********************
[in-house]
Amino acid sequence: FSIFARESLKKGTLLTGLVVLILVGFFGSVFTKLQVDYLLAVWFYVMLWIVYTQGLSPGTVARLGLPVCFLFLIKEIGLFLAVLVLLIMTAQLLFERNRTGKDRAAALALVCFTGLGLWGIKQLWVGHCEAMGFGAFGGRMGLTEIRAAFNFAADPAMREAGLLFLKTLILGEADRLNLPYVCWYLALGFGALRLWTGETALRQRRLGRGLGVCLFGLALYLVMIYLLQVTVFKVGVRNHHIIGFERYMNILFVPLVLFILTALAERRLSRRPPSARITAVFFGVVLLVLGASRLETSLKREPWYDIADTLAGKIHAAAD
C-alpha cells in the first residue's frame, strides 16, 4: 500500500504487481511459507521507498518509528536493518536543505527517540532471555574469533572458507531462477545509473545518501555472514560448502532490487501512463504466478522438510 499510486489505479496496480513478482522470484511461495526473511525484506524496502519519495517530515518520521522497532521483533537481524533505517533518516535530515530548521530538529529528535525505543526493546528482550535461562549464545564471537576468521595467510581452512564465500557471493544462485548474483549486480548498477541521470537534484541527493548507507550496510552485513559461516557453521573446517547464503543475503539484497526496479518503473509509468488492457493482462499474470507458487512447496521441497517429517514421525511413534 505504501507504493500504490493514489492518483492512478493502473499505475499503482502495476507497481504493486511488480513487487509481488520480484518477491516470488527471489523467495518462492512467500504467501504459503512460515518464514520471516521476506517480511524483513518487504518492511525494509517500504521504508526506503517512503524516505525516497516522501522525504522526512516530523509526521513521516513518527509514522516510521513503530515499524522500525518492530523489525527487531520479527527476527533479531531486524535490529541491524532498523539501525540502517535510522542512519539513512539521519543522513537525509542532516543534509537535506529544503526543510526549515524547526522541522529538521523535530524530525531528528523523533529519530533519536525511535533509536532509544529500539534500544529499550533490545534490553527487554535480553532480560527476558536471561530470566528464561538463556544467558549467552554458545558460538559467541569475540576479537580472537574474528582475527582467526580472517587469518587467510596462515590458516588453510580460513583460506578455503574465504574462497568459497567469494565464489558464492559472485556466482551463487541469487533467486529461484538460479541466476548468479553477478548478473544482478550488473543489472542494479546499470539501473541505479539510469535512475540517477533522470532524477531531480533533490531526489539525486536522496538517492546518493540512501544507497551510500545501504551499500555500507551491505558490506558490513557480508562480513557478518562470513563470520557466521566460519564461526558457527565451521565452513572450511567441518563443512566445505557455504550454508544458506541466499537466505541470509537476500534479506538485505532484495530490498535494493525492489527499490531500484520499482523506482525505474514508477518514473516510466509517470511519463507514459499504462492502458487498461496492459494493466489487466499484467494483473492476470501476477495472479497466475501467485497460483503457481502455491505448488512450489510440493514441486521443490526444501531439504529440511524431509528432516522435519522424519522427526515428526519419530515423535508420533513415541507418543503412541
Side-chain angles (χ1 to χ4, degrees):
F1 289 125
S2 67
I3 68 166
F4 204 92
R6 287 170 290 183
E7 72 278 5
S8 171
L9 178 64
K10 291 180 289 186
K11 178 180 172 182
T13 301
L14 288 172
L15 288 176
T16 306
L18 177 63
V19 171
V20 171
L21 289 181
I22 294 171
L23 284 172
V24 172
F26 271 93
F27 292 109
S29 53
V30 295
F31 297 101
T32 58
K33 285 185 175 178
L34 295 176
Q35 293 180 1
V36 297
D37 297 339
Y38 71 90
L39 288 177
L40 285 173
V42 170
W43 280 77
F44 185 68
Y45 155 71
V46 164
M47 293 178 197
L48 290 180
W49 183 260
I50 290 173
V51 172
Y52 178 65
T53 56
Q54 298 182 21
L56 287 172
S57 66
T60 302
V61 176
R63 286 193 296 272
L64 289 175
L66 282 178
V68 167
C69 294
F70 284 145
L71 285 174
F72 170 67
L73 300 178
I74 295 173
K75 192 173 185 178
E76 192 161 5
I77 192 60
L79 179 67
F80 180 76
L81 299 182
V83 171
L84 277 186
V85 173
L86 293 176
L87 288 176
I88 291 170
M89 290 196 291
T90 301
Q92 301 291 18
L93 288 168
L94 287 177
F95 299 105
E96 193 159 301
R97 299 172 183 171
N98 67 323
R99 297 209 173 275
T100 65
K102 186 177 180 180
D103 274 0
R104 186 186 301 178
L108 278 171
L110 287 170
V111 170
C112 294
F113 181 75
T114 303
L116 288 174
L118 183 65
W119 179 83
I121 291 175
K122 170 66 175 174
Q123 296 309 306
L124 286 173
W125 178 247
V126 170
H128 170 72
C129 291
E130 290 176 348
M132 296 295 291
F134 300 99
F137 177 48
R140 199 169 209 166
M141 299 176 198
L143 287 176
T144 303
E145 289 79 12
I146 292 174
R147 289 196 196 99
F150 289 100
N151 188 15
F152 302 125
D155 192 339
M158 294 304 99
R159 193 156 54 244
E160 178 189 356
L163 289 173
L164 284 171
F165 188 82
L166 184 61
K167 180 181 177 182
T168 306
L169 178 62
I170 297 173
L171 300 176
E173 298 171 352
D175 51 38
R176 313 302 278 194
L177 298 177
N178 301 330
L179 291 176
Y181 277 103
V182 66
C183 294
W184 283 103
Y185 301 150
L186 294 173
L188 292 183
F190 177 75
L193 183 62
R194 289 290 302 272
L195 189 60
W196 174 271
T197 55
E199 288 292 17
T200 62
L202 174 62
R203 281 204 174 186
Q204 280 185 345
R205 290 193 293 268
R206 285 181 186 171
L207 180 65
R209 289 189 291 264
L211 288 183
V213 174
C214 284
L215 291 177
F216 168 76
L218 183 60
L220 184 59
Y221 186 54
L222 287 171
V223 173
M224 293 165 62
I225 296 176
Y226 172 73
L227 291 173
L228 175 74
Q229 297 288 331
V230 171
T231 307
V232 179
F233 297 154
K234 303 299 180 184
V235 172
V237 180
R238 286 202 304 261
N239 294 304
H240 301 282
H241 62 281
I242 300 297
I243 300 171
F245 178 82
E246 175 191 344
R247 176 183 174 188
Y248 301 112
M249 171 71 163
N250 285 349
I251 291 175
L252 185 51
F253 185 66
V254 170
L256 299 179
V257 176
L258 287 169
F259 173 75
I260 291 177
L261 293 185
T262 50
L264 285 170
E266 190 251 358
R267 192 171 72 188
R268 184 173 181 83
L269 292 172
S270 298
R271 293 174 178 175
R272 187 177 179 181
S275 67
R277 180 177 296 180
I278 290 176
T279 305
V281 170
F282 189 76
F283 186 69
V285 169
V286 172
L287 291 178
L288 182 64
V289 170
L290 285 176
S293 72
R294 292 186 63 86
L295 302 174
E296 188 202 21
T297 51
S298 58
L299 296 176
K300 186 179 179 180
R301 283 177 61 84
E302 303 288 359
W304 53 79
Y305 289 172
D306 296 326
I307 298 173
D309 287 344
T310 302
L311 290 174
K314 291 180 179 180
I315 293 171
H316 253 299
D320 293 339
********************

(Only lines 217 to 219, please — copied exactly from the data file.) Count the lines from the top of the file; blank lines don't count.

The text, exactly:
R271 293 174 178 175
R272 187 177 179 181
S275 67